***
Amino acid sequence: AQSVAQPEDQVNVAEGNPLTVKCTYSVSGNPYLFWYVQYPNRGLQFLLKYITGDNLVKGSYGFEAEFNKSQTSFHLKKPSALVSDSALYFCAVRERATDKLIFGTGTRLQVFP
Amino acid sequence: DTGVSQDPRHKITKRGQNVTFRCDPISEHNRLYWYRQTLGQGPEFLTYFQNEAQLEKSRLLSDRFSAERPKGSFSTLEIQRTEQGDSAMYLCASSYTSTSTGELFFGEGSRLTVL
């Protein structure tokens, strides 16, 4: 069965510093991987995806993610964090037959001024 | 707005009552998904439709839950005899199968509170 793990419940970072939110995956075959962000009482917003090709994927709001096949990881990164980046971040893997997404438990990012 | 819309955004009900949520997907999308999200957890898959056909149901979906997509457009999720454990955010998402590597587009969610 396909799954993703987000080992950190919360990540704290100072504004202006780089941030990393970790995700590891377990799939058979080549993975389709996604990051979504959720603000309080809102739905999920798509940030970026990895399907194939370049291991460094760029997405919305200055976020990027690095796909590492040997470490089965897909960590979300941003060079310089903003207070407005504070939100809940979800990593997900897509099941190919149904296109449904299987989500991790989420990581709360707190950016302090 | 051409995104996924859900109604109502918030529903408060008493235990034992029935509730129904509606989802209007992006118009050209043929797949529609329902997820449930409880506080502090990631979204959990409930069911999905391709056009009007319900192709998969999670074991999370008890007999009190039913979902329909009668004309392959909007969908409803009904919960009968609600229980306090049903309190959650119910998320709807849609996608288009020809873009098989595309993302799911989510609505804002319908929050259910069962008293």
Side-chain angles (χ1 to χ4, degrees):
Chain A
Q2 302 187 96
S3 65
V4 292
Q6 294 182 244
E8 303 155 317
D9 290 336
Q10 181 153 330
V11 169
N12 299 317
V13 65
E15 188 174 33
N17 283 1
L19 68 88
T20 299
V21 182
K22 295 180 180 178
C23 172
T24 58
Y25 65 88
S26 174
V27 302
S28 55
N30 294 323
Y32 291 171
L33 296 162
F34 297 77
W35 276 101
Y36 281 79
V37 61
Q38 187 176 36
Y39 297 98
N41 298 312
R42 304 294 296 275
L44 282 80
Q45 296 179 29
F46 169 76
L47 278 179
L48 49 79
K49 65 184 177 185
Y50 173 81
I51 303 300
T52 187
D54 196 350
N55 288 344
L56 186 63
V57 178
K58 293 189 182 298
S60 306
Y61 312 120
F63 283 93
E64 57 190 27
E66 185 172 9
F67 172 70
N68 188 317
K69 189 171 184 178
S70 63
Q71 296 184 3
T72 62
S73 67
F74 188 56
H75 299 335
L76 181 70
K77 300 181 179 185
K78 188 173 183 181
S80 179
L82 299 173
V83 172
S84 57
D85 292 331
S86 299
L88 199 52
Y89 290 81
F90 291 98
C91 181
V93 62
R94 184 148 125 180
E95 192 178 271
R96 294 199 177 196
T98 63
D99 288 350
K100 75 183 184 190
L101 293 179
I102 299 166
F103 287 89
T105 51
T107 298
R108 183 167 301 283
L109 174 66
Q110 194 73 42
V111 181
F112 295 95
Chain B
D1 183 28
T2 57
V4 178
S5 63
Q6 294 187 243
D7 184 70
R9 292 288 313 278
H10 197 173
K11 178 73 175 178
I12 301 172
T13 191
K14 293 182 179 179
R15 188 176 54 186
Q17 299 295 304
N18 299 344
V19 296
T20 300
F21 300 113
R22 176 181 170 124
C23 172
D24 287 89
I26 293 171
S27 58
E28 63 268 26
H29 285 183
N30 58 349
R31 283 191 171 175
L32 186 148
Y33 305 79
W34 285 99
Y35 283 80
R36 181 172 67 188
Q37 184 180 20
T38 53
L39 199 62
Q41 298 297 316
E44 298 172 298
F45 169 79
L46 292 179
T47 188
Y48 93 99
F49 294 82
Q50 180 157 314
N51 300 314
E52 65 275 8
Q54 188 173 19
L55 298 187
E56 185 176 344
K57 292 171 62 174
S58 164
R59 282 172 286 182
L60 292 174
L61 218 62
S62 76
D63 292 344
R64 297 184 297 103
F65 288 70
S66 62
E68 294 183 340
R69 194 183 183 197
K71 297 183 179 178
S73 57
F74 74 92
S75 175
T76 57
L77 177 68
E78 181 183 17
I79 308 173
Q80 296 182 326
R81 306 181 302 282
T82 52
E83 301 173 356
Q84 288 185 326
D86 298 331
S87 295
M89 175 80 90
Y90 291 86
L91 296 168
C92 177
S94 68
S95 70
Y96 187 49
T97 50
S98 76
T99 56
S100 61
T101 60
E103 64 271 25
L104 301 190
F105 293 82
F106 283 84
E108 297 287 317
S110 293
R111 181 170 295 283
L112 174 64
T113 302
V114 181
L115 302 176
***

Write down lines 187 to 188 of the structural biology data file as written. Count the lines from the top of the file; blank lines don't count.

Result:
F105 293 82
F106 283 84